Public Health Madison & Dane County is no longer able to efficiently follow-up with everyone who has been diagnosed with coronavirus and is moving to a crisis model of contact tracing, according to a press release issued Wednesday.
“Like all other health departments in the state, we are struggling to keep up with contact tracing. When we consistently have well over 150 new cases per day, we cannot contact all cases and contacts quickly enough to effectively disrupt the spread of COVID-19,” Janel Heinrich, Director of Public Health Madison & Dane County, said in the statement. “We are moving to a crisis model of contact tracing.”
With a crisis model of contact tracing, if a person tests positive, they will still be notified of the positive test by their health care provider or testing center and given isolation instructions. Unfortunately, a Public Health contact tracer may not be able to follow up with all people to support isolation. Public Health will prioritize contacting individuals with a positive diagnosis before providing contact tracing, a tool that can help prevent spread.
Public Health asks that people who test positive for COVID-19 notify their close contacts that they have been exposed. The Public Health website has guidelines on what you should do if you are sick or were possibly exposed.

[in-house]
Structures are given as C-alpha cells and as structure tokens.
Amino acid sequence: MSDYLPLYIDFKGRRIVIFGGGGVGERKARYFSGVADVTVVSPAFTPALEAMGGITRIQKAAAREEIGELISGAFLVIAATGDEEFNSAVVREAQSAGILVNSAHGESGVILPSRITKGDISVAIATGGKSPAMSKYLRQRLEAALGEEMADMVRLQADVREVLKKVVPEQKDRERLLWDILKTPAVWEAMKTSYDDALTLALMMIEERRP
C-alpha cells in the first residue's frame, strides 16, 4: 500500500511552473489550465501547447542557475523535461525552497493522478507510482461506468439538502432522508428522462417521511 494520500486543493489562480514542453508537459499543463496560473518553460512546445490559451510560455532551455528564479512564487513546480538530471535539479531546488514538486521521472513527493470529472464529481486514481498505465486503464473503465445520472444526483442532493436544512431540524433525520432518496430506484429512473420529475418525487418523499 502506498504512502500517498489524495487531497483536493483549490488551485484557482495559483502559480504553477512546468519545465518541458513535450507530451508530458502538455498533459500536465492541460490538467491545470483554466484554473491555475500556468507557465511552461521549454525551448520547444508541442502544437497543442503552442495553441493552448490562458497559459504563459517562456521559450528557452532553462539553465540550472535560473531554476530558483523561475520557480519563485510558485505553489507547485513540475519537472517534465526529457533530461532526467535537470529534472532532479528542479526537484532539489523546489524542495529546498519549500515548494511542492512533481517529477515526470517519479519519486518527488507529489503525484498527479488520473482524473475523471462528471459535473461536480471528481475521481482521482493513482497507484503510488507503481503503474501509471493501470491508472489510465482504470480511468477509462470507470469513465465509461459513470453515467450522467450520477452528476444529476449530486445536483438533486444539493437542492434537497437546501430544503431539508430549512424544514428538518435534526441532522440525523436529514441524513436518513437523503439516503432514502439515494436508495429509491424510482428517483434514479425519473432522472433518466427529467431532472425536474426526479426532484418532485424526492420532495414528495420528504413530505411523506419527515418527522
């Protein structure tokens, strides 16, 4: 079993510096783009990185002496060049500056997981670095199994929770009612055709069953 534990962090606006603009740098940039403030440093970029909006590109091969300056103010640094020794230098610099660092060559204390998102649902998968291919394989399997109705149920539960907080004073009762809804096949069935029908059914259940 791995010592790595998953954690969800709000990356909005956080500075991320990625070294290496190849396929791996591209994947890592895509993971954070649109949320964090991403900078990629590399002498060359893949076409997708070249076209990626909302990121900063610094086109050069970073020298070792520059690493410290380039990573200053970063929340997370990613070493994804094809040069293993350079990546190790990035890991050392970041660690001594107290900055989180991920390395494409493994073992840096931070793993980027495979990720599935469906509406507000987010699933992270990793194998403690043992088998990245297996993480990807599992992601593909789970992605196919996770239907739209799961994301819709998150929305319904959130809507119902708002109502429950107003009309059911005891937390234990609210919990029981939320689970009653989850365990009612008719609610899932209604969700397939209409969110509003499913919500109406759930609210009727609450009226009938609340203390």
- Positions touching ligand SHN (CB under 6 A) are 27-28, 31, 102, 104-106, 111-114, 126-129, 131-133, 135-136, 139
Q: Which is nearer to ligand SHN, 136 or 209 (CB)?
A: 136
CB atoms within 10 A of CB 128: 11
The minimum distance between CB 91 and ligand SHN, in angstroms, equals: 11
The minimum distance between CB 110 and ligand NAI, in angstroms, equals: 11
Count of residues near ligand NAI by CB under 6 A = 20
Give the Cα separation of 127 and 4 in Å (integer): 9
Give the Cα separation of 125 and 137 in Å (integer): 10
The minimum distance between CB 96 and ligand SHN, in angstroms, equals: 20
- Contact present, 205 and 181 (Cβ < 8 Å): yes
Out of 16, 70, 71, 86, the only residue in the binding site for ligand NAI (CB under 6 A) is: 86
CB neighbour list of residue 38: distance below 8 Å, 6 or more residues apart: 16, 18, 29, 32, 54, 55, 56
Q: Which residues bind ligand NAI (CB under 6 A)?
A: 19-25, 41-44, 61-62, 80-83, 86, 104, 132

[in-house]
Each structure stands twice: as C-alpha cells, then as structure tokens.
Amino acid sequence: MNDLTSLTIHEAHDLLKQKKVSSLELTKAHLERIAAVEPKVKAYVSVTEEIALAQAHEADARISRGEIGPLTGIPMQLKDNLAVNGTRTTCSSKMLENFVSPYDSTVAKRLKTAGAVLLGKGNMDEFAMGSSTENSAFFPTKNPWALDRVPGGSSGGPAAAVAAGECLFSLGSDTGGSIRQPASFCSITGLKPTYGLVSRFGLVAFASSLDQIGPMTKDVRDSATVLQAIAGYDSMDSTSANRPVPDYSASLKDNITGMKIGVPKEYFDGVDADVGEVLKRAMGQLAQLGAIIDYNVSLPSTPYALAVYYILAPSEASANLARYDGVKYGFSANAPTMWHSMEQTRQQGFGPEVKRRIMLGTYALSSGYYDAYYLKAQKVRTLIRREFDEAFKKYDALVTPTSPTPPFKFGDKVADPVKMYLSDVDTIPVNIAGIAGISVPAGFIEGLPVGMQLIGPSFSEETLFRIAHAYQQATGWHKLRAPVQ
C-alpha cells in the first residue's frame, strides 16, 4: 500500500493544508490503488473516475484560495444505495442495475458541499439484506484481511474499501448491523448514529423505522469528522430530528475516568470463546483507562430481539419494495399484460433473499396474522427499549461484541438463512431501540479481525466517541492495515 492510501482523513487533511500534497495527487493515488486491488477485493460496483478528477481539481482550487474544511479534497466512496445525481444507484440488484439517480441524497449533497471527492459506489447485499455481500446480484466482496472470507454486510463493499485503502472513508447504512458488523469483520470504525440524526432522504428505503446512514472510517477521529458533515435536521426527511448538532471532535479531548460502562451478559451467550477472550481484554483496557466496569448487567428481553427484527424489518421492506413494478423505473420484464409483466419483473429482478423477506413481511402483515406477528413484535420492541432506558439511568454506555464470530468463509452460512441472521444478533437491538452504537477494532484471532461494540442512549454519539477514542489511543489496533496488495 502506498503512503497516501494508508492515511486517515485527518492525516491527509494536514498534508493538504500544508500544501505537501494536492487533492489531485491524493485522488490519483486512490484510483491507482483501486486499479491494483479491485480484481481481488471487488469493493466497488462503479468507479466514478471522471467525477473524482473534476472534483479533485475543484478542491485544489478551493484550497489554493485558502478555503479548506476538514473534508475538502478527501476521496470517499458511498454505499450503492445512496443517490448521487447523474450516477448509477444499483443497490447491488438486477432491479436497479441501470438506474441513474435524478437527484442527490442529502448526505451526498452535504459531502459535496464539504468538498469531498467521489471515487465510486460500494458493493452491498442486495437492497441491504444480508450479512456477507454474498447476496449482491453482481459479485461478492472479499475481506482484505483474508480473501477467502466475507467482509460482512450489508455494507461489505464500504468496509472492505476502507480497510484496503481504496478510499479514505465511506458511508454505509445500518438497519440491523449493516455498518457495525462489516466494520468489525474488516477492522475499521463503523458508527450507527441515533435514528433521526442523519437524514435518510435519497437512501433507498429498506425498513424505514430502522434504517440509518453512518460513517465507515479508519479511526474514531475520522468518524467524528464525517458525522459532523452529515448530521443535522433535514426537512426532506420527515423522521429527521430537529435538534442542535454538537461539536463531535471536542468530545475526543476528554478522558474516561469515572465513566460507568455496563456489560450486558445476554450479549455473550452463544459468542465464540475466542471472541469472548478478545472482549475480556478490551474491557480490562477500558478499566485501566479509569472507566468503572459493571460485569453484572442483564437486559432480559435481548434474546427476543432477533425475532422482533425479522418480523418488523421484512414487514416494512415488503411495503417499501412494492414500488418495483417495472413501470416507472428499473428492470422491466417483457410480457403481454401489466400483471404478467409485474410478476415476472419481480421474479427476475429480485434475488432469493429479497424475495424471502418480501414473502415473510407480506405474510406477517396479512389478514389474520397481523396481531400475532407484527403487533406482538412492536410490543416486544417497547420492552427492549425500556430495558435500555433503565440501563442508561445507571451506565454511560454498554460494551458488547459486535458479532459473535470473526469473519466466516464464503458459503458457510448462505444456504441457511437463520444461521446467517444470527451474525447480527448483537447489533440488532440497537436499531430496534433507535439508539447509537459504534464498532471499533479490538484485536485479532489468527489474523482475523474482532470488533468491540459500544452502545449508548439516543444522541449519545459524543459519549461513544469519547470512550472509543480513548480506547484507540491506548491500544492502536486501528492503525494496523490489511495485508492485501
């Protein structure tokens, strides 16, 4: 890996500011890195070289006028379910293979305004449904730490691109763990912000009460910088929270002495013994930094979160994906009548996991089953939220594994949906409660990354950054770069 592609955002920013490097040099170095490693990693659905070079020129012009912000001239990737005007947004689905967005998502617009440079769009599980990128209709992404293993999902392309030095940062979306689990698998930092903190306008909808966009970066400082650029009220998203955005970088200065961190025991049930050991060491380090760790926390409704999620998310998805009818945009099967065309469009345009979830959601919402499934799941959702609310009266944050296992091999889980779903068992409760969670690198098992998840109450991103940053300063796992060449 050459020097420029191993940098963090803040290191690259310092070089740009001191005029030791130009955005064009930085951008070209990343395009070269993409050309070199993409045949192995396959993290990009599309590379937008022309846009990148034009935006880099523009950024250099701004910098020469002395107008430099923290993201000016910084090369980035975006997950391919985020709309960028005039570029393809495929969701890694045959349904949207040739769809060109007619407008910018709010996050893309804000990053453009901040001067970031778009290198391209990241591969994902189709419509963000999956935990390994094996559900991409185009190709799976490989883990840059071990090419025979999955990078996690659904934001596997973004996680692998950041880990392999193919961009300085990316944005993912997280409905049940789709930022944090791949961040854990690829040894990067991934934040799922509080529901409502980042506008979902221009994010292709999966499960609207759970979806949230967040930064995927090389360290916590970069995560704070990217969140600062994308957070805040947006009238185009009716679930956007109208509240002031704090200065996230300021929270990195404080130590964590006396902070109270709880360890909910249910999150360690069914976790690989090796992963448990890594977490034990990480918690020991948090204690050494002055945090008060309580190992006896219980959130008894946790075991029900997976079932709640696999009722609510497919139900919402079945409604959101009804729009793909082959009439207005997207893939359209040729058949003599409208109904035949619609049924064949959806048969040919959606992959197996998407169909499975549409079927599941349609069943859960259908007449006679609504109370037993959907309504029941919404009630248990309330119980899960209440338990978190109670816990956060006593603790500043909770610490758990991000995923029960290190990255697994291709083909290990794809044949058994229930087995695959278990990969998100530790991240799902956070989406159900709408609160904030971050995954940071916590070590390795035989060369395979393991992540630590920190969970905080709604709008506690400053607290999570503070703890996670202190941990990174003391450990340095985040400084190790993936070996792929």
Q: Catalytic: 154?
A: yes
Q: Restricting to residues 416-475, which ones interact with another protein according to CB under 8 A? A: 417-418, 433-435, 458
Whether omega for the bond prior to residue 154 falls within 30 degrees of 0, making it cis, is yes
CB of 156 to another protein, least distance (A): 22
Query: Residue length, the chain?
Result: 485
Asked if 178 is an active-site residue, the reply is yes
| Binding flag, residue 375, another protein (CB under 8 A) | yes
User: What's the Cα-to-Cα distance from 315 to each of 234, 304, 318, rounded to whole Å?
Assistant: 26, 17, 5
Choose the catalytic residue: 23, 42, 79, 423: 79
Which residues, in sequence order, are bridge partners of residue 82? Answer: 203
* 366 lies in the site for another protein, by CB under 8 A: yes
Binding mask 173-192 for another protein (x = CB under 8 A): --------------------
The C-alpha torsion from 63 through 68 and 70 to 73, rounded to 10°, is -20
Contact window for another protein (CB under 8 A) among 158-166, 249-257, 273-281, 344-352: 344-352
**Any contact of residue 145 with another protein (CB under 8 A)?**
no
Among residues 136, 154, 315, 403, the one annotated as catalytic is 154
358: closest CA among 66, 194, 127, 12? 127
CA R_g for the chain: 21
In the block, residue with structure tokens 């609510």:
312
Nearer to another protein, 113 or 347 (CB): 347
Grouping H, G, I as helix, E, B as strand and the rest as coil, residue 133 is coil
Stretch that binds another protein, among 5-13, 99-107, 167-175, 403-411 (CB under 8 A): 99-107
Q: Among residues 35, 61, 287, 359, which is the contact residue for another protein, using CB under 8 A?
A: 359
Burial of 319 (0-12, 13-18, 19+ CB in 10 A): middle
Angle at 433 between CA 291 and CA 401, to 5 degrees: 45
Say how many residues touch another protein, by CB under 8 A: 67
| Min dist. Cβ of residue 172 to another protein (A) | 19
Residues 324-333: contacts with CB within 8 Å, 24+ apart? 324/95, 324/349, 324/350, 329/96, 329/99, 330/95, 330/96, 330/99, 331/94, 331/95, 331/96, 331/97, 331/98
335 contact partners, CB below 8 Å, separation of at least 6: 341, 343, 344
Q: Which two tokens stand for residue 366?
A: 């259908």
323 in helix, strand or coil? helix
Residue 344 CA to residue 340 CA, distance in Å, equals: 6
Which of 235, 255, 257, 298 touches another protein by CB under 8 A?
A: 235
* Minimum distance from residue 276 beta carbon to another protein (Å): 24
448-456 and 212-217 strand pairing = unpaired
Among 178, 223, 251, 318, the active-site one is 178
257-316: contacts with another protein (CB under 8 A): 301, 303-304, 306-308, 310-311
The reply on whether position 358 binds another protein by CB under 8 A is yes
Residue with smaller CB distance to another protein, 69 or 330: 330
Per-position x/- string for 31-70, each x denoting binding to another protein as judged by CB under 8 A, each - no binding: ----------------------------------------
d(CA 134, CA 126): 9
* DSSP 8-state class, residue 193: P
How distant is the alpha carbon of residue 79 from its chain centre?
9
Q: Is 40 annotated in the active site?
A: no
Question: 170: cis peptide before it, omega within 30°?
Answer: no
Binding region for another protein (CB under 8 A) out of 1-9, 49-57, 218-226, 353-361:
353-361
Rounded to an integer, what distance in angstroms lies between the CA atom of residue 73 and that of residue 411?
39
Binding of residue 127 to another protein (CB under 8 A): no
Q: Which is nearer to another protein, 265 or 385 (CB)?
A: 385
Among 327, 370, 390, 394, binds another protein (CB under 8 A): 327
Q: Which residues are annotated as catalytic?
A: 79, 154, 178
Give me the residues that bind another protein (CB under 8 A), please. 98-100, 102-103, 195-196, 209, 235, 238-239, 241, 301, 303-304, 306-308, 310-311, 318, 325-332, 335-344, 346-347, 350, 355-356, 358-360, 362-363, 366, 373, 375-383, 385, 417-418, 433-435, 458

“Our community has crossed a threshold with COVID-19 and sadly we have reached a place where if you venture out and come into contact with someone with this virus, it may take a while for you and your family to be notified,” County Executive Joe Parisi said in a statement. “In the face of understandable exhaustion and unprecedented difficulty we have to press on like our health, lives, and those of others depend on it – because they do. Each one of us has to review our daily routines and do all we can to distance and minimize contact with others.”
Should case counts decline, Public Health may be able to resume contact tracing. But we do not know when case counts will fall—it all depends on the community’s collective actions.
“We all have the ability to be leaders during this pandemic,” Madison Mayor Rhodes-Conway said in a statement. “As an individual, you can be a leader in your community by staying home as much as possible and taking precautions if you must go out. As a business owner, you can be a leader by ensuring your staff and customers are following all of Public Health’s requirements and recommendations. As a workplace supervisor, you can be a leader by using remote and virtual options to the fullest extent possible.”
In addition to cases exceeding contact tracing capacity in the county, Dane County hospitalizations for COVID-19 are at high levels. As of October 21, there are 90 people hospitalized with COVID-19 and 22 in the ICU.
Public Health reminds people in our community to stay home as much as possible, including working remotely if possible. If you go outside your home, stay six feet from others. Wear your mask. Don’t hang out in big groups. Don’t go to events like weddings or parties. If you feel at all sick, stay home from work and activities and get tested. If you do these things, you will greatly lower your chances of being exposed to COVID-19. If you are exposed to COVID-19, you will greatly lower the chances of spreading it further in our community.